It is clear that, despite the two countries having been at war, Franklin still had many affectionate friends and acquaintances in Britain. The following year, after the peace treaty was signed, Franklin received a letter from his old friend, Dr Thomas Percival from Manchester. Percival wrote “How happy would it render your friends, to see you once more in England! But with respect to yourself, it is doubtful whether you might not feel more pain than pleasure, from such a visit...We have established a very useful Literary & Philosophical Society here, and shall soon publish a volume of memoirs.”

The Manchester Lit and Phil was the first literary and philosophical society in the world. Franklin was duly elected a member, and sent a paper for Dr Percival to read to them, which was subsequently published. It was titled Meteorological Imaginations and Conjectures. Franklin began with his speculations on the formation of hailstones. He then moved on to discuss the recent long-lasting summer fog over Europe. He correctly guessed that this had been caused by an Icelandic volcano erupting. Finally, he speculated how the fog might lead to a cooling of the earth and prevent the early winter snows from melting as quickly as they normally did.

Franklin and Slavery

There is much that is admirable in the character of Benjamin Franklin, but one part which notably jars with our modern notions of justice and freedom is the fact that, early on in his life, he owned a slave family. His views on slavery were to change completely as he grew older. In his younger days, before he came to Britain, he owned and printed a newspaper in Philadelphia that would run adverts for the sale of slaves. He would have seen with his own eyes the wealth that the port of Liverpool generated, the biggest slaving town in Britain at the time of his visits.

When he first travelled to Lancashire back in 1759 with his son William, he was also accompanied by Peter, a slave. Franklin wrote to his wife Deborah “Billy presents his duty, and Peter”. In modern language, this meant his son William (Billy) and Peter sent their respects. The slave family consisted of Peter, who was married to Jemima, along with their sons named King, Othello and George. King had also accompanied them to England, but had made a break for freedom the previous year. He subsequently returned, but later ran away again. It is not known what happened to these individuals during the later 1760s, as they were no longer mentioned in his correspondence, but it is quite possible that they were freed by Franklin. Evidence for this comes from him writing his will, in 1757, which provided for their freedom if he died.

During the 1750s and 1760s, Franklin became involved with the ‘Associates of Dr Bray’ , a group which taught black children to read (as well as actively promoting the Christian religion). This progressed into setting up schools for them and Franklin acted as an advisor to the movement in this respect. During the 1770s, he was in frequent correspondence with abolitionists in England and America and in 1775, as a member of the American Continental Congress, he openly expressed his hostility to slavery. In his 80s, Franklin was very active as an abolitionist – he was elected president of the Pennsylvania Abolition Society and published four anti-slavery documents.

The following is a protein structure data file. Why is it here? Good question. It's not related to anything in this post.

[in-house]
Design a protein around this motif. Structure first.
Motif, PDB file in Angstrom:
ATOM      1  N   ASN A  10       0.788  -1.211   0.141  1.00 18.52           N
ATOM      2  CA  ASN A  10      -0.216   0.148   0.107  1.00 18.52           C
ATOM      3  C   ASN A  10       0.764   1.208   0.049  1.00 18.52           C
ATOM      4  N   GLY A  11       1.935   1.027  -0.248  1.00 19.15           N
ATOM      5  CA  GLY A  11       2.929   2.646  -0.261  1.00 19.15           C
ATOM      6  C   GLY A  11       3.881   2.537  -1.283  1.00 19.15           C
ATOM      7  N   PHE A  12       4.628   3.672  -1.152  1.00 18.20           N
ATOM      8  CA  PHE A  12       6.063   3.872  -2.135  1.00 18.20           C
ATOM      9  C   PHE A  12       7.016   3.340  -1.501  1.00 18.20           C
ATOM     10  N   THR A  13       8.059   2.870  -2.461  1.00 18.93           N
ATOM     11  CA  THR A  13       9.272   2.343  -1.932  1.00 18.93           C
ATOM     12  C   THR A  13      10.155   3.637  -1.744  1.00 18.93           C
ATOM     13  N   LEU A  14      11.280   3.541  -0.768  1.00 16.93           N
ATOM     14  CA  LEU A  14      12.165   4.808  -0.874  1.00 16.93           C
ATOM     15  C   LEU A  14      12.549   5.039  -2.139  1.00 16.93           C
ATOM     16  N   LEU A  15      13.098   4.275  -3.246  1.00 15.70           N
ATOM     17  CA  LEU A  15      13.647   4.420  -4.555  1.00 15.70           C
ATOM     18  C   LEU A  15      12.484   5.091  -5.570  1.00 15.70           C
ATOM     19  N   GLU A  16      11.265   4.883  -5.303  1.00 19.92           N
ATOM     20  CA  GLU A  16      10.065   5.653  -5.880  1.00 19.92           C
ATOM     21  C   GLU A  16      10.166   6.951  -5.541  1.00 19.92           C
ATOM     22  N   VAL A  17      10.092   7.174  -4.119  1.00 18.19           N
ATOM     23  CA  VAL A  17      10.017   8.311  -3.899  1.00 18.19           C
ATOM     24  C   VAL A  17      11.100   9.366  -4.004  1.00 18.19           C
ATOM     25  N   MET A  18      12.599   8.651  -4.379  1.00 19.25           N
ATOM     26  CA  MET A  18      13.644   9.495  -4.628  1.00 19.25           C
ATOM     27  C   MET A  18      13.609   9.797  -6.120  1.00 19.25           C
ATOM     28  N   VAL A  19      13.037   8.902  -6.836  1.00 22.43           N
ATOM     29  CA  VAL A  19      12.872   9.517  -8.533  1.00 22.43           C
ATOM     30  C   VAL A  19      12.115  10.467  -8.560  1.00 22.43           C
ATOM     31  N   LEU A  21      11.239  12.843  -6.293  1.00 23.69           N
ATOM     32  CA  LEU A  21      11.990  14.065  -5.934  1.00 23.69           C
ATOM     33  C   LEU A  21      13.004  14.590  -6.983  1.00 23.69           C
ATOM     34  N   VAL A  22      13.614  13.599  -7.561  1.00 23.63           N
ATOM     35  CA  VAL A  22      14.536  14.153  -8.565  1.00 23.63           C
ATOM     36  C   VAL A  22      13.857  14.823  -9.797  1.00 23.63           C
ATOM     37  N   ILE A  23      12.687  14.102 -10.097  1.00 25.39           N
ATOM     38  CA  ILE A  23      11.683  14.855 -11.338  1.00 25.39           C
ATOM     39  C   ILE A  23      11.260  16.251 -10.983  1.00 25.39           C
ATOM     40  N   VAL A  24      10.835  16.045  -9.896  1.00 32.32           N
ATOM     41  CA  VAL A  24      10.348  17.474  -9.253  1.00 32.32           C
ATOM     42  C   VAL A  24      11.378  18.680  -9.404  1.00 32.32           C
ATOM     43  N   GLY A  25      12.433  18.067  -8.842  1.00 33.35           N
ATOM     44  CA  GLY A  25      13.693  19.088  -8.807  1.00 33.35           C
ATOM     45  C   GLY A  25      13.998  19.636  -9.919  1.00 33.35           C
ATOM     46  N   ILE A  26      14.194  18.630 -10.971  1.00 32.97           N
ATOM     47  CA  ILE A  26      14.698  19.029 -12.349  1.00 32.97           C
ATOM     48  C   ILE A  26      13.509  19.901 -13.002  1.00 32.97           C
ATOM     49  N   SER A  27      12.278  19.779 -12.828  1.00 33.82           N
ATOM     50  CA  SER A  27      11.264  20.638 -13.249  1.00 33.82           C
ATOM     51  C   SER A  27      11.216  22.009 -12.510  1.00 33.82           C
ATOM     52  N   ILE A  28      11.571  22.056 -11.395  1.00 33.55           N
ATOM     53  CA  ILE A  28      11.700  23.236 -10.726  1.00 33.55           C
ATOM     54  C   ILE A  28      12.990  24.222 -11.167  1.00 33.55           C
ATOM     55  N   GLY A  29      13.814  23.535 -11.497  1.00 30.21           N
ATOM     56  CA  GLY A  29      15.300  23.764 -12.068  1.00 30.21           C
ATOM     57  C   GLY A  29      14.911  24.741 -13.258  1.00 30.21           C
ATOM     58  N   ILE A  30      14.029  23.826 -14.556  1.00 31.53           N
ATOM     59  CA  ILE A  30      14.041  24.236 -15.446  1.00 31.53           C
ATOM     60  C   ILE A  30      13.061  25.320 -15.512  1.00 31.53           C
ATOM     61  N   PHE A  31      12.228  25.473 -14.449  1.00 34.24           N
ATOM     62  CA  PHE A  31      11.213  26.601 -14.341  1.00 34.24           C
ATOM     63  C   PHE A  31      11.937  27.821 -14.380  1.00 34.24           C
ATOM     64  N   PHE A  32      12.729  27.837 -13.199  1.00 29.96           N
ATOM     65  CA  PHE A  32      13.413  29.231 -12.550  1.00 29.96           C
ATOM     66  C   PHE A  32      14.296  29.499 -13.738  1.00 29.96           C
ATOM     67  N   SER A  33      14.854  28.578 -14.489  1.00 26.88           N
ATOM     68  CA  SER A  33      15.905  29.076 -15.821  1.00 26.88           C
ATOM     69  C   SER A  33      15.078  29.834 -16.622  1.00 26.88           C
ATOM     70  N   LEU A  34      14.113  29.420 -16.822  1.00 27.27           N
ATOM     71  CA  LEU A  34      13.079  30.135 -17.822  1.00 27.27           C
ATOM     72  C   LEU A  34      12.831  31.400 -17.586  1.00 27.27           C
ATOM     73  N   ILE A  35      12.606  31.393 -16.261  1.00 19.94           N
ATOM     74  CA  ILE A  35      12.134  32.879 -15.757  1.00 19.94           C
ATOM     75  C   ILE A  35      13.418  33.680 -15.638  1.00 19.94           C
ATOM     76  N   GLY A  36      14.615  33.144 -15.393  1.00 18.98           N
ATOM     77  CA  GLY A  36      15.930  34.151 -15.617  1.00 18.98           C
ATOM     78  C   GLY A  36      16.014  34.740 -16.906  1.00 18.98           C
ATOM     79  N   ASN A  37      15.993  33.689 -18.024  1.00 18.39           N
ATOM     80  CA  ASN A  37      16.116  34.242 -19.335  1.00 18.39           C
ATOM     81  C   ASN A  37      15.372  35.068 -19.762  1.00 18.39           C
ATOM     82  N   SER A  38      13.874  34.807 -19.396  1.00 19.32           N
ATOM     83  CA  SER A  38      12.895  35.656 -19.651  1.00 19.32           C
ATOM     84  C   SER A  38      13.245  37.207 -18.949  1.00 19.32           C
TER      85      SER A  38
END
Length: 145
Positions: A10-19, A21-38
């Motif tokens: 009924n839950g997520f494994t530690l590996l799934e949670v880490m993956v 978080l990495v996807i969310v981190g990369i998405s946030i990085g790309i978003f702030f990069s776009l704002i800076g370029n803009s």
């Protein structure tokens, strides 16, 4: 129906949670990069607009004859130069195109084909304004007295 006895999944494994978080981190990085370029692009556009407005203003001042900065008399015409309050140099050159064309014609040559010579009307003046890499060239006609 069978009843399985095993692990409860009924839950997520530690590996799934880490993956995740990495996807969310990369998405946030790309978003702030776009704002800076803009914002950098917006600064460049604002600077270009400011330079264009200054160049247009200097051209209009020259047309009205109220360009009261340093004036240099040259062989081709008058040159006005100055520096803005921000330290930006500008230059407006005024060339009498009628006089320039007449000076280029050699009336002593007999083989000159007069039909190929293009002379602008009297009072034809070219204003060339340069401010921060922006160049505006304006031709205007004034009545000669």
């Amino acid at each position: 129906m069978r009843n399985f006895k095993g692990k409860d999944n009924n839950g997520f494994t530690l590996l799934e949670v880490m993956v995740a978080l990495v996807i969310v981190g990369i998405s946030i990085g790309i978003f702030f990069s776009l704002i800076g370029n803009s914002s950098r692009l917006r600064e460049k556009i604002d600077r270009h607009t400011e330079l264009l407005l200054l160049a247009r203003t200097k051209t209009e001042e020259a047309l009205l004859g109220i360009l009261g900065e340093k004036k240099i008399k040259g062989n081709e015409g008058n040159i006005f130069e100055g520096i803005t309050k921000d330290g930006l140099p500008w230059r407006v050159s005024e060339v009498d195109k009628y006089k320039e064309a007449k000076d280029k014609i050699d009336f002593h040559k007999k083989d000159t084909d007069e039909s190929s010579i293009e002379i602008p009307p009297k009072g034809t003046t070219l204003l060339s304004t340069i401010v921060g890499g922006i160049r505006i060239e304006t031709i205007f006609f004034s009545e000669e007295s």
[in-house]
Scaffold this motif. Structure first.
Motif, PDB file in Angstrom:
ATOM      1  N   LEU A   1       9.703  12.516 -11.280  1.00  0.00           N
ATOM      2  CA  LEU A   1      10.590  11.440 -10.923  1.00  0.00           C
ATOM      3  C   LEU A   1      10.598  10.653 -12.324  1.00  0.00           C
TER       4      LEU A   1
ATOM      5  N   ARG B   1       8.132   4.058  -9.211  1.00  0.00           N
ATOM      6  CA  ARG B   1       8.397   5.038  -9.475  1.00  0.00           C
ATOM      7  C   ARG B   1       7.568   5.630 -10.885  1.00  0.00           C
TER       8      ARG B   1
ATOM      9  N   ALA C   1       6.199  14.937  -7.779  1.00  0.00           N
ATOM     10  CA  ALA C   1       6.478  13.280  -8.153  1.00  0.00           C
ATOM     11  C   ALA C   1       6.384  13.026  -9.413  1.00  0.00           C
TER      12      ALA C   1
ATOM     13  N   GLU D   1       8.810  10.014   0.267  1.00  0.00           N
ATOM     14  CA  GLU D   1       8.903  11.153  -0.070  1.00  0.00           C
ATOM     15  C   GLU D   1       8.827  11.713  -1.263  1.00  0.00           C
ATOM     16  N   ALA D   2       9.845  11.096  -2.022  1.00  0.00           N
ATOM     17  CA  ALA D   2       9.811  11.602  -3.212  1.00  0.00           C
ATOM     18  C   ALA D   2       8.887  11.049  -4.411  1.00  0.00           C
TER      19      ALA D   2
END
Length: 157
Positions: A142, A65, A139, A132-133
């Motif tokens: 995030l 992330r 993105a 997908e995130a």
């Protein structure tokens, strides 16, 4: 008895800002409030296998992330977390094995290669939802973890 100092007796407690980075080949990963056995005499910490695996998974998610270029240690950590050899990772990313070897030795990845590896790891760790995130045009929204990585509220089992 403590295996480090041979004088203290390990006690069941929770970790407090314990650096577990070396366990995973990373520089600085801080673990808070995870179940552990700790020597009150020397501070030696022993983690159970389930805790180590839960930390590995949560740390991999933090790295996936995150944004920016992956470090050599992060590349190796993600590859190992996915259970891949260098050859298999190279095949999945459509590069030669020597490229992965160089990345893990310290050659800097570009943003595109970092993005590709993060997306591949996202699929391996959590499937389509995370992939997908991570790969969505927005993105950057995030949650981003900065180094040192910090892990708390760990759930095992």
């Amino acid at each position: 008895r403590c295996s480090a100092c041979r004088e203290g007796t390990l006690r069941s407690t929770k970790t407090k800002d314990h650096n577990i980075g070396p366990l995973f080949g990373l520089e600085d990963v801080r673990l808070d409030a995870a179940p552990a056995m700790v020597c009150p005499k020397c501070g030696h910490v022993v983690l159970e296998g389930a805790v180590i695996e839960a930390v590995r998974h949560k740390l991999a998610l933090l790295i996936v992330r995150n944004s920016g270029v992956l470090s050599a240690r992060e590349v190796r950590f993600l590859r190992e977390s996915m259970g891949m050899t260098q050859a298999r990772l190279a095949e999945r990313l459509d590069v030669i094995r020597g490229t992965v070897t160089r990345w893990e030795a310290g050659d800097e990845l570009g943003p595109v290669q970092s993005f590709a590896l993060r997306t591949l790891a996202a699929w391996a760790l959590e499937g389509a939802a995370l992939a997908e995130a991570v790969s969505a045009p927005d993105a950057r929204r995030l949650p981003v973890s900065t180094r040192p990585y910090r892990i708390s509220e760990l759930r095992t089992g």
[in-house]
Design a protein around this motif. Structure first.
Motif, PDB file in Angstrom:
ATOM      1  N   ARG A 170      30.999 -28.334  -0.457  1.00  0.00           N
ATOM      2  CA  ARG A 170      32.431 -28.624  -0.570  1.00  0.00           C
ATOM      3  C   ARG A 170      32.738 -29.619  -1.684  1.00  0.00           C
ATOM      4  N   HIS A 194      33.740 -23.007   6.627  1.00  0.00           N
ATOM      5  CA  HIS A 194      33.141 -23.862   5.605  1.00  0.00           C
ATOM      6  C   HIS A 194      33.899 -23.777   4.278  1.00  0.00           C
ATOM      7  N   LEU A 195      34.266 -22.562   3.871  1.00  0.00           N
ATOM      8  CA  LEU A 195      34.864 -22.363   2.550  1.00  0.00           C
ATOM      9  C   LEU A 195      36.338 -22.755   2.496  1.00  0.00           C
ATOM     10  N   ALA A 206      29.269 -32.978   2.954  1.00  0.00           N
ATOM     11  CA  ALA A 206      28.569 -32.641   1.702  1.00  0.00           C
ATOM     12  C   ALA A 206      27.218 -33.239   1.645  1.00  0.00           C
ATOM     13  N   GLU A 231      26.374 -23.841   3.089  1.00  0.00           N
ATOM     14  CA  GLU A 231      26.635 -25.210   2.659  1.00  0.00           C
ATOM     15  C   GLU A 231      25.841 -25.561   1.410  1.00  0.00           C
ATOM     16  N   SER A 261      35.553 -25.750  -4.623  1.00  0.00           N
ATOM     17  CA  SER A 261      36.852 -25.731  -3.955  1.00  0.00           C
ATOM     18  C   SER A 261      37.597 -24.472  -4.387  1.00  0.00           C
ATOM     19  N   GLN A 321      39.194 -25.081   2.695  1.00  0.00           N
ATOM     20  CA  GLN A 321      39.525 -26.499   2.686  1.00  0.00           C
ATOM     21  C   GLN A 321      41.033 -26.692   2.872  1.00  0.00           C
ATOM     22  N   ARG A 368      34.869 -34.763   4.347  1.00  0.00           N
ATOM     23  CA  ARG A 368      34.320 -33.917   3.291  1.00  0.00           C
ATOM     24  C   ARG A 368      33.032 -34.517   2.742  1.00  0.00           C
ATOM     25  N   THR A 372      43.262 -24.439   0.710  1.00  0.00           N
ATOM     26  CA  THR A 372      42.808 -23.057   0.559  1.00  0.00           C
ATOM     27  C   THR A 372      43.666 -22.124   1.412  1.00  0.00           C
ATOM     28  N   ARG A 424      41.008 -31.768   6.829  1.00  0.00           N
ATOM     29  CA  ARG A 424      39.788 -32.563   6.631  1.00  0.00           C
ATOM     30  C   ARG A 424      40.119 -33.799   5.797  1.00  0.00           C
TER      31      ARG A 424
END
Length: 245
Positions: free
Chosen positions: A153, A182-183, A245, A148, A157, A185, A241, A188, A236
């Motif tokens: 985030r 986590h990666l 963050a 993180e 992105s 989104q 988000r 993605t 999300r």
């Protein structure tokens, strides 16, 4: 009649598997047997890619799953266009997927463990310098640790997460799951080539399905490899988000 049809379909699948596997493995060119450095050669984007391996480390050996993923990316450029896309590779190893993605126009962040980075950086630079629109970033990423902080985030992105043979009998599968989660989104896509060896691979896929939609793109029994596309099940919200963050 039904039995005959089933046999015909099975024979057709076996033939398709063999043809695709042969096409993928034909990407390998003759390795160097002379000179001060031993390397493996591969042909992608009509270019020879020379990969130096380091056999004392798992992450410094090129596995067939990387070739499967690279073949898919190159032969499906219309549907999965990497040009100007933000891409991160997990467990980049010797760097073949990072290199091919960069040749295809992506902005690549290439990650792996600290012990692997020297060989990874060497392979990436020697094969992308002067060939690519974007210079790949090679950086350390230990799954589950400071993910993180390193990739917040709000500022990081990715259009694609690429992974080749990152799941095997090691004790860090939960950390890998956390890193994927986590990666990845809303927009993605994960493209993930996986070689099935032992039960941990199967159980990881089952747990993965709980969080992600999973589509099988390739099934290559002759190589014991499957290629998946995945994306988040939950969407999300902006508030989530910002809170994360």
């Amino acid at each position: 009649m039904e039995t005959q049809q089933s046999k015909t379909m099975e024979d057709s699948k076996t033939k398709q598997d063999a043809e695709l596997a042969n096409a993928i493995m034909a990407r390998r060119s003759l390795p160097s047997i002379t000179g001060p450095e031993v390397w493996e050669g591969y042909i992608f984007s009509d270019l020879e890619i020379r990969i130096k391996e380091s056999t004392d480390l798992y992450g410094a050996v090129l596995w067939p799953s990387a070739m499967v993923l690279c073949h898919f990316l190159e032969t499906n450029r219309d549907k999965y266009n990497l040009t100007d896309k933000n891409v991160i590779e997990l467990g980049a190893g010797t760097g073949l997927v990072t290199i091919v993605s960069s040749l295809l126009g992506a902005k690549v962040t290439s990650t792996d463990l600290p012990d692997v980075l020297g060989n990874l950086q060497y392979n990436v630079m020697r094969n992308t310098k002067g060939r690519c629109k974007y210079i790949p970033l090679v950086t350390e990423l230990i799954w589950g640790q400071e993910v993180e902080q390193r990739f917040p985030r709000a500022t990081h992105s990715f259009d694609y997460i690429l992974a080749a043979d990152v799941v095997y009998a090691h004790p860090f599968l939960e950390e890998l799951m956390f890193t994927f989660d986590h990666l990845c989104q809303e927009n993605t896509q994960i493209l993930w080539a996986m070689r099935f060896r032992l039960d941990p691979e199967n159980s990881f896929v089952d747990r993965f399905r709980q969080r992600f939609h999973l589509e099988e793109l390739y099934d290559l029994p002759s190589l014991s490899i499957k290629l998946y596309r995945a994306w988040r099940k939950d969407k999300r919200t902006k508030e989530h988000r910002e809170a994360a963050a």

Chetham’s School and Library Chetham’s is situated close to Manchester Cathedral. Jonathan Scofield does regular weekend tours of both the school and the library here. To book a tour of Chetham’s Library only, see their webpage here

Worsley Delph, Salford Park at Worsley Court House Car Park (this is a public car park). There is a small parking charge. Cross over the road by the historical court house. Head right at the roundabout, passing the library. Walk across Worsley Road Bridge. Cross the road to The Delph and Tung Fung restaurants.  Worsley Delph in on the left.

Preston Blue Plaque on the Cafe Nero building Park in any of the city centre car parks. This is the site of the Bache family residence. The building is on the corner of Friargate and Orchard Street. The plaque is high up above the ground floor on the Friargate side of the building.

General Burgoyne’s house at Coopers Hill, Walton-le-Dale The site of the first lightning conductor in Britain. Park in the free car park on Chapel Yard and walk up to Church Brow. Modern houses now sit on the original site at Coopers Hill Close. It is best viewed from Church Brow, close to the junction with Victoria Road. Then walk up Church Brow and turn right into Coopers Hill Drive. The site is on a promontory, as the land drops steeply away around this point on. Turn right again to go into Coopers Hill Close. The two houses on the end mark where General Burgoyne’s house once stood.


Benjamin Franklin in Scotland and Ireland, J. Bennett Nolan (1938) University of Pennsylvania Press

Correspondence of Benjamin Franklin and Timeline of his Movements

In Manchester

In Salford

In Preston

Benjamin Franklin: An American Life, Walter Isaacson (2003) Simon & Schuster

John Burgoyne

Franklin in the Lake District

In London

War of Independence

Lit and Phil Society

Franklin and Slavery

Benjamin Franklin’s View of the Negro and Slavery, William E. Juhnke (1974) Pennsylvania History Vol.41, no.4, October 1974